Alfa Laval, the Swedish heating equipment manufacturer controlled by Industri Kapital, has put back its listing on the Stockholm bourse whilst simultaneously announcing a price reduction and a lower share offer following lower-than-expected take-up of the original share offer.
The offer is now scheduled to take place on Friday rather than today as had been planned and will consist of 23.7m shares – nearly 40 per cent less than the original offer. Alfa Laval has also cut its price range to between Skr90 to Skr95 (E9.75-E10.25), from the original range of Skr108 to Skr140.
The delay will cause concern among private equity firms, who for the first time in 18 months had started to see the IPO market as a viable exit strategy. Last week, Doughty Hanson-backed LM Glasfiber was forced to indefinitely postpone its E500m listing in Denmark, again citing ‘adverse market conditions’.
HMV, the music retailer controlled by EMI and Advent, completed its £772m listing on the Official List on May 10, although the valuation, at 192p was at the lower end of the 190p – 200p price range and the company’s share price has since fallen to 176p.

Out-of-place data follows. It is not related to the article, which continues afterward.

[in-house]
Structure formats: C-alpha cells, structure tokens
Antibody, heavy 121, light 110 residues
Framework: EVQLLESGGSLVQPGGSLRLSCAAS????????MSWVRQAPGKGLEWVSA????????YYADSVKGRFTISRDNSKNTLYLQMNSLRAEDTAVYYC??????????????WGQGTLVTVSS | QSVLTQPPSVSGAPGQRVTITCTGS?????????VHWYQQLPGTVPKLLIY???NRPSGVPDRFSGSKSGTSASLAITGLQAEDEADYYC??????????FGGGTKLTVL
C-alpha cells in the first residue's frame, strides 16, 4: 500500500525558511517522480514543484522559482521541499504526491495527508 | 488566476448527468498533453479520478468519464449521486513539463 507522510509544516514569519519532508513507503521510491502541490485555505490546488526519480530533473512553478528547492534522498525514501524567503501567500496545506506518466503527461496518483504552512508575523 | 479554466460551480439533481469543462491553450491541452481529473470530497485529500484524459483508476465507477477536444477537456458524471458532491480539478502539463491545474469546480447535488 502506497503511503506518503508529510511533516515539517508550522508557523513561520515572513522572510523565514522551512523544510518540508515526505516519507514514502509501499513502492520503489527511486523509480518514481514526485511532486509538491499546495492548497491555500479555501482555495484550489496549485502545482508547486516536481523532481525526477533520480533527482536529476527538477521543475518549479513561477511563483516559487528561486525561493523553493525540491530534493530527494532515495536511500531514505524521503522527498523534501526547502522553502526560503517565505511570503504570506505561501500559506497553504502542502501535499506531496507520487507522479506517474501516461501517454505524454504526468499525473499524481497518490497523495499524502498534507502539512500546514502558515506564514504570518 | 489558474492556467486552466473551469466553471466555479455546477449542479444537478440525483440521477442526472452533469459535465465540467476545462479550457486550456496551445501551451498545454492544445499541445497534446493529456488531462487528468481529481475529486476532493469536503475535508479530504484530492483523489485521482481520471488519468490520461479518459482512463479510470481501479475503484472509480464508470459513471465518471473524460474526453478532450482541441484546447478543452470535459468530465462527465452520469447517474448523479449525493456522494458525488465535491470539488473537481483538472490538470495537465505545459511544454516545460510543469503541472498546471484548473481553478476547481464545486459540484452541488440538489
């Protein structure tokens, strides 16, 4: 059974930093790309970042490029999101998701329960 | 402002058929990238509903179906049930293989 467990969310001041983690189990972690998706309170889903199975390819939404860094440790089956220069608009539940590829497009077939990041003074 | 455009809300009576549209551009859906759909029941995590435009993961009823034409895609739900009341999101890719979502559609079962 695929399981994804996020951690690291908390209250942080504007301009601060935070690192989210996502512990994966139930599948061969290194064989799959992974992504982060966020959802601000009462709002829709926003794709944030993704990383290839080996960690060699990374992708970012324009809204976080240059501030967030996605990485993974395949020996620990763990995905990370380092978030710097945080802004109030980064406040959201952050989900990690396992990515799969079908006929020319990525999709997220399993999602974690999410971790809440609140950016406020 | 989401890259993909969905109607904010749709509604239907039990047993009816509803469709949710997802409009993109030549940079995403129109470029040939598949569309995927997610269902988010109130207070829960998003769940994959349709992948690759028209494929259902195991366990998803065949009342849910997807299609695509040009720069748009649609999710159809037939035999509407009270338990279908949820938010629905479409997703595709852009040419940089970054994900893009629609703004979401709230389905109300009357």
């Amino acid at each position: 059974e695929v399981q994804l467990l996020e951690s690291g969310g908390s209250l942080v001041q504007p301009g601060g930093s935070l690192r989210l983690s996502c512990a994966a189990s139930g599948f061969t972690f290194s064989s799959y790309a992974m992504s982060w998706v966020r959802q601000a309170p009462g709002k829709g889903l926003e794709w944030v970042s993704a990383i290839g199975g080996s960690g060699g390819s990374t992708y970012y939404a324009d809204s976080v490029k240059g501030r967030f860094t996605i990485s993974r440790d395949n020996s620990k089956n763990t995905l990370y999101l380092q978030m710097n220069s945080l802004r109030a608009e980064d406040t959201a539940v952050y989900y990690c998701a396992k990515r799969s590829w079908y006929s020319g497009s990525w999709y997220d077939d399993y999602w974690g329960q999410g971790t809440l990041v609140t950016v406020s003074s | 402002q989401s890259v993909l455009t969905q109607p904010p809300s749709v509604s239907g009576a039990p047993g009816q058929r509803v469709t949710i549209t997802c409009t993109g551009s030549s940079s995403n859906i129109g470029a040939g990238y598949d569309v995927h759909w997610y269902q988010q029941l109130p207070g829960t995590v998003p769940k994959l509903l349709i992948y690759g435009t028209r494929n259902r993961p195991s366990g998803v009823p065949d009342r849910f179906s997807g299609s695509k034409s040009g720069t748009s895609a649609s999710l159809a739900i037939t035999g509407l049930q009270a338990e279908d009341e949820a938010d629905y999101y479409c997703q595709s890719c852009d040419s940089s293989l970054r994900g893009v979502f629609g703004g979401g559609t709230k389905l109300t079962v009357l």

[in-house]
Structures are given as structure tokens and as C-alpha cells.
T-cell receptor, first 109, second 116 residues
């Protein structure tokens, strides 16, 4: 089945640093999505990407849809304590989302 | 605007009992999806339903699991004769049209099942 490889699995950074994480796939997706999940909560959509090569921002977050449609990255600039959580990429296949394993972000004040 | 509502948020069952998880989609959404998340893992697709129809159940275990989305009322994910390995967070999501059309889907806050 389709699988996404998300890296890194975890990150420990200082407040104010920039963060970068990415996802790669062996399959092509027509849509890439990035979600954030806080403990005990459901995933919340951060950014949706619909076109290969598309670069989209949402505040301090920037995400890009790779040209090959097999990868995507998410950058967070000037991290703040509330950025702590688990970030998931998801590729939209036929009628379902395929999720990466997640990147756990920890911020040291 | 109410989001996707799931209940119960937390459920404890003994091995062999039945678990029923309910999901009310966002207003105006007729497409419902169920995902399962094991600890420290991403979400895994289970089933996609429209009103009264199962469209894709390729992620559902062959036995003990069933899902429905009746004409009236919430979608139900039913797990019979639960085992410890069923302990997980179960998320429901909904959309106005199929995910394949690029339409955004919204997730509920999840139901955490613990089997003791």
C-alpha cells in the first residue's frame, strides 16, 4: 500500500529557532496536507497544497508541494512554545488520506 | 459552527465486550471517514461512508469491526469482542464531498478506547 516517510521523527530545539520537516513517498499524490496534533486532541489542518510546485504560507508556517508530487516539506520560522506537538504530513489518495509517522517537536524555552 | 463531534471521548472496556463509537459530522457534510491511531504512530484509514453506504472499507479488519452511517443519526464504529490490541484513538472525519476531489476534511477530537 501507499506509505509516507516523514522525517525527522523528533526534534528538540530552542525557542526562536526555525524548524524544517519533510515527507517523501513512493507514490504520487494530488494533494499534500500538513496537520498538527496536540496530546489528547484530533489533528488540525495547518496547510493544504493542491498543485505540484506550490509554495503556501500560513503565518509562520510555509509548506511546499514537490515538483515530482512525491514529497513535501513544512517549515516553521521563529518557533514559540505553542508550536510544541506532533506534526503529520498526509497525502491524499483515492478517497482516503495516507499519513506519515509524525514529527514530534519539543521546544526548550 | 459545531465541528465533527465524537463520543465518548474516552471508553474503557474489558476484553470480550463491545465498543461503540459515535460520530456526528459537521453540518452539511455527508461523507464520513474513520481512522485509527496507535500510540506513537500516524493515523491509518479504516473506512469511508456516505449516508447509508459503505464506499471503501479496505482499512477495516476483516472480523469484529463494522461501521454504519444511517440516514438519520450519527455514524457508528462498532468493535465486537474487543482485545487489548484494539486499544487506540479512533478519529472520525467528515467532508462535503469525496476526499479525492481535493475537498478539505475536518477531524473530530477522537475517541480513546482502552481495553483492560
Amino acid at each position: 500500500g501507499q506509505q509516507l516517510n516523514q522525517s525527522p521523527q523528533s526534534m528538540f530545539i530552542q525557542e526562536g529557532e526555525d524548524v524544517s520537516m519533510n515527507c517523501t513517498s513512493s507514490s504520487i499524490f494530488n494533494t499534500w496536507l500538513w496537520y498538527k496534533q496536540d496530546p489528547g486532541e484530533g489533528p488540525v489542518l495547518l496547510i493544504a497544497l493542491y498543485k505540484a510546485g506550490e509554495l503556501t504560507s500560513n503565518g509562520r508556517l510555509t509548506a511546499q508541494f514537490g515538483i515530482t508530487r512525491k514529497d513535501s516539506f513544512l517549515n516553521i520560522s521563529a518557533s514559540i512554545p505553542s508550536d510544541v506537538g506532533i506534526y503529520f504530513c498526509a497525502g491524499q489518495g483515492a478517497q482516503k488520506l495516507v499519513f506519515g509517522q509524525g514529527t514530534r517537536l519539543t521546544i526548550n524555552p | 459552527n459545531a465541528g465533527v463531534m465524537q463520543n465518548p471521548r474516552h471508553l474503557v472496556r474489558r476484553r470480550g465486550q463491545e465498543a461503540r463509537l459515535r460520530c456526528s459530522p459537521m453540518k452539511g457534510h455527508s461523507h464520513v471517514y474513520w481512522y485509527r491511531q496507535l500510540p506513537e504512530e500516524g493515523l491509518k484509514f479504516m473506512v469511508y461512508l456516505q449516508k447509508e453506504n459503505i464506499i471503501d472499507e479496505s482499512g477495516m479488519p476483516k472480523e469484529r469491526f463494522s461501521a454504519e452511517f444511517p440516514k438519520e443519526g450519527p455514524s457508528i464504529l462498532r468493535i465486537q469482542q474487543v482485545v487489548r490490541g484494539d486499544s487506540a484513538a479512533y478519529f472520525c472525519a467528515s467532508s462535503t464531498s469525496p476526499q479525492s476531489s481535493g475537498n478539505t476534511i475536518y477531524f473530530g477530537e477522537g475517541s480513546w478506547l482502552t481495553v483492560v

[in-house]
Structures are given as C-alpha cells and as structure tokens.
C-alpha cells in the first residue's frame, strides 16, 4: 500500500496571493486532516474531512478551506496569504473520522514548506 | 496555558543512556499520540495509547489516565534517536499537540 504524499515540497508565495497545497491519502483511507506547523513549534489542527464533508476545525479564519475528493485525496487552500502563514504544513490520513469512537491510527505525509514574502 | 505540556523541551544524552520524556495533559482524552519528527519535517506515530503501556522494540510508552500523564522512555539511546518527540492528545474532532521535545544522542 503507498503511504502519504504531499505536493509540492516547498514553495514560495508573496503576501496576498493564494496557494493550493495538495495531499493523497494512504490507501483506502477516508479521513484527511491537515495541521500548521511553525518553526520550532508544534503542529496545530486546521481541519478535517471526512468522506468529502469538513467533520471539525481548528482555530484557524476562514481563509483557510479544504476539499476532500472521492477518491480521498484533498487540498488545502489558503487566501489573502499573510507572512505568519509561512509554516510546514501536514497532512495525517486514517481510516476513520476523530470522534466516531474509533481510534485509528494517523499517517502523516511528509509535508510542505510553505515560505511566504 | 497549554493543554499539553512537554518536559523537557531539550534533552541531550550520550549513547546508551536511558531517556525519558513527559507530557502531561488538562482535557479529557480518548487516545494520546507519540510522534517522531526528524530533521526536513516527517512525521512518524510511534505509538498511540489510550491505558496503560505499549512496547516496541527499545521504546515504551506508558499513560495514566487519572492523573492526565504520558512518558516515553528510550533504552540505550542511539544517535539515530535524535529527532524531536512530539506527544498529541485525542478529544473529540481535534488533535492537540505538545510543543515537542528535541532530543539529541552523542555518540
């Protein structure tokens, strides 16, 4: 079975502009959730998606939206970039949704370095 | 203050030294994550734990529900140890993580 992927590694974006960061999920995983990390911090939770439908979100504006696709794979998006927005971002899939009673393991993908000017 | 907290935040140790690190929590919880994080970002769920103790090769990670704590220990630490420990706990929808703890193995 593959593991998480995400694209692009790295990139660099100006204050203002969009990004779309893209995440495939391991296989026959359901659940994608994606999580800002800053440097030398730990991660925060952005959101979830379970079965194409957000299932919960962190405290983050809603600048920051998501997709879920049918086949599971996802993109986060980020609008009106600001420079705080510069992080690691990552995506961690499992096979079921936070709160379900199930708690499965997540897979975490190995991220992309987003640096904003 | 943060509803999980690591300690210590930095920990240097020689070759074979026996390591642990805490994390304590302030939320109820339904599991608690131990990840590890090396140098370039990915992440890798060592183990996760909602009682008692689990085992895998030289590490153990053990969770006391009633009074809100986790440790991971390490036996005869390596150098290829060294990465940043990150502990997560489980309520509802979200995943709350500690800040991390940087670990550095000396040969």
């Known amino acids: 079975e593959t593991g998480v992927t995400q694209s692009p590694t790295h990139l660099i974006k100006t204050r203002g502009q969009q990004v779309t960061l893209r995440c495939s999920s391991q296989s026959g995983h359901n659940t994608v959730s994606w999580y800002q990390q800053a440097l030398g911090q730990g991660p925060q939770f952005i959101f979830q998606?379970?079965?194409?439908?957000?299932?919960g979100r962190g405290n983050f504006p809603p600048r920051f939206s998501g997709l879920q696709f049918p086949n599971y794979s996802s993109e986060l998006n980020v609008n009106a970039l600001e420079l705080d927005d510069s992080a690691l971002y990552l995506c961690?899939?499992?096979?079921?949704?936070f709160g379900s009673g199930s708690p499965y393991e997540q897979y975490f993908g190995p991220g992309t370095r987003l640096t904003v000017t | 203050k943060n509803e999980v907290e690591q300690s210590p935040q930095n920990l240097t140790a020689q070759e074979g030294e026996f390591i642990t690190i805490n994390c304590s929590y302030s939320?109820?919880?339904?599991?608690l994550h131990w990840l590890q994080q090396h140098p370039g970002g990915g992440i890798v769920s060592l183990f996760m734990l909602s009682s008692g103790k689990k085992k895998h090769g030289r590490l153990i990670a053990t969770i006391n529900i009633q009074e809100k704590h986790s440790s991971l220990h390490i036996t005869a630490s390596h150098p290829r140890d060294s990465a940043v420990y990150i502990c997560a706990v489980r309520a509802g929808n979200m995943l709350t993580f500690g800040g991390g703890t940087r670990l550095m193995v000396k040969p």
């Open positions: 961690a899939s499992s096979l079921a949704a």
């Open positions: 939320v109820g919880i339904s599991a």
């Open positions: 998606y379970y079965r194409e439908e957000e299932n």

However, uncertainty in the IPO market has not had any discernible effect on the optimism of private equity firms CVC and Cinven, who this week announced that the listing of William Hill would proceed in June as planned.
Schroder Salomon Smith Barney (SSSB) is global co-ordinator and sponsor of the William Hill offering. Deutsche Bank is joint bookrunner on the IPO, which could value the betting firm at £1bn. Cinven and CVC will between them retain at least 30 per cent in total and may retain as much as 50 per cent, dependent on how the listing is received by the markets. The two firms paid Nomura £825m for William Hill in 1999.